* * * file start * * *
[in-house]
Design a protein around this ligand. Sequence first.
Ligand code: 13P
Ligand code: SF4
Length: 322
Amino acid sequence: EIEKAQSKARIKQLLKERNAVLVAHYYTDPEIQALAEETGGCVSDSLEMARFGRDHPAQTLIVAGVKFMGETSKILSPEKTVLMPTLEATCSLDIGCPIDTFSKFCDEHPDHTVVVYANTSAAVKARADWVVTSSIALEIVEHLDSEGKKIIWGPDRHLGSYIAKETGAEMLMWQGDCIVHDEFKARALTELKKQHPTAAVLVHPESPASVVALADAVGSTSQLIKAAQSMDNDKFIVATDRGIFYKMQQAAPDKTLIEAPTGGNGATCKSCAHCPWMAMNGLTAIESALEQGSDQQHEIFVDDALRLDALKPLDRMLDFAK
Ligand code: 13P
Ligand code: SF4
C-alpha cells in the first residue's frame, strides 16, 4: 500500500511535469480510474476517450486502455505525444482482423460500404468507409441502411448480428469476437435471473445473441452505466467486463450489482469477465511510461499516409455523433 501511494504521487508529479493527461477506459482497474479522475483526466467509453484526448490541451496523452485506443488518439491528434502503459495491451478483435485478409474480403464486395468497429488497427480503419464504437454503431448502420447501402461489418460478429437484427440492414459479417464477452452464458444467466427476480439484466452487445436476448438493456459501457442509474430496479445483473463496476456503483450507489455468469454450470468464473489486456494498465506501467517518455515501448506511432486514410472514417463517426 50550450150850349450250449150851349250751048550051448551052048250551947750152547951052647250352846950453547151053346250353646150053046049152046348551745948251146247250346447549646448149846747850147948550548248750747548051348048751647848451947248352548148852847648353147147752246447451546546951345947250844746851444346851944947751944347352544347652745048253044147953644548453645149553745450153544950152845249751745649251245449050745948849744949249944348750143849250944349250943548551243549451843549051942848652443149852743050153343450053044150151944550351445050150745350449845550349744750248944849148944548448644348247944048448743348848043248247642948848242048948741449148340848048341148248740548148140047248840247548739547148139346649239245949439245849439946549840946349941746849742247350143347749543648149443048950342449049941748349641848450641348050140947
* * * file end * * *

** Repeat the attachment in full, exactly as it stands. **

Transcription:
[in-house]
Design a protein around this ligand. Sequence first.
Ligand code: 13P
Ligand code: SF4
Length: 322
Amino acid sequence: EIEKAQSKARIKQLLKERNAVLVAHYYTDPEIQALAEETGGCVSDSLEMARFGRDHPAQTLIVAGVKFMGETSKILSPEKTVLMPTLEATCSLDIGCPIDTFSKFCDEHPDHTVVVYANTSAAVKARADWVVTSSIALEIVEHLDSEGKKIIWGPDRHLGSYIAKETGAEMLMWQGDCIVHDEFKARALTELKKQHPTAAVLVHPESPASVVALADAVGSTSQLIKAAQSMDNDKFIVATDRGIFYKMQQAAPDKTLIEAPTGGNGATCKSCAHCPWMAMNGLTAIESALEQGSDQQHEIFVDDALRLDALKPLDRMLDFAK
Ligand code: 13P
Ligand code: SF4
C-alpha cells in the first residue's frame, strides 16, 4: 500500500511535469480510474476517450486502455505525444482482423460500404468507409441502411448480428469476437435471473445473441452505466467486463450489482469477465511510461499516409455523433 501511494504521487508529479493527461477506459482497474479522475483526466467509453484526448490541451496523452485506443488518439491528434502503459495491451478483435485478409474480403464486395468497429488497427480503419464504437454503431448502420447501402461489418460478429437484427440492414459479417464477452452464458444467466427476480439484466452487445436476448438493456459501457442509474430496479445483473463496476456503483450507489455468469454450470468464473489486456494498465506501467517518455515501448506511432486514410472514417463517426 50550450150850349450250449150851349250751048550051448551052048250551947750152547951052647250352846950453547151053346250353646150053046049152046348551745948251146247250346447549646448149846747850147948550548248750747548051348048751647848451947248352548148852847648353147147752246447451546546951345947250844746851444346851944947751944347352544347652745048253044147953644548453645149553745450153544950152845249751745649251245449050745948849744949249944348750143849250944349250943548551243549451843549051942848652443149852743050153343450053044150151944550351445050150745350449845550349744750248944849148944548448644348247944048448743348848043248247642948848242048948741449148340848048341148248740548148140047248840247548739547148139346649239245949439245849439946549840946349941746849742247350143347749543648149443048950342449049941748349641848450641348050140947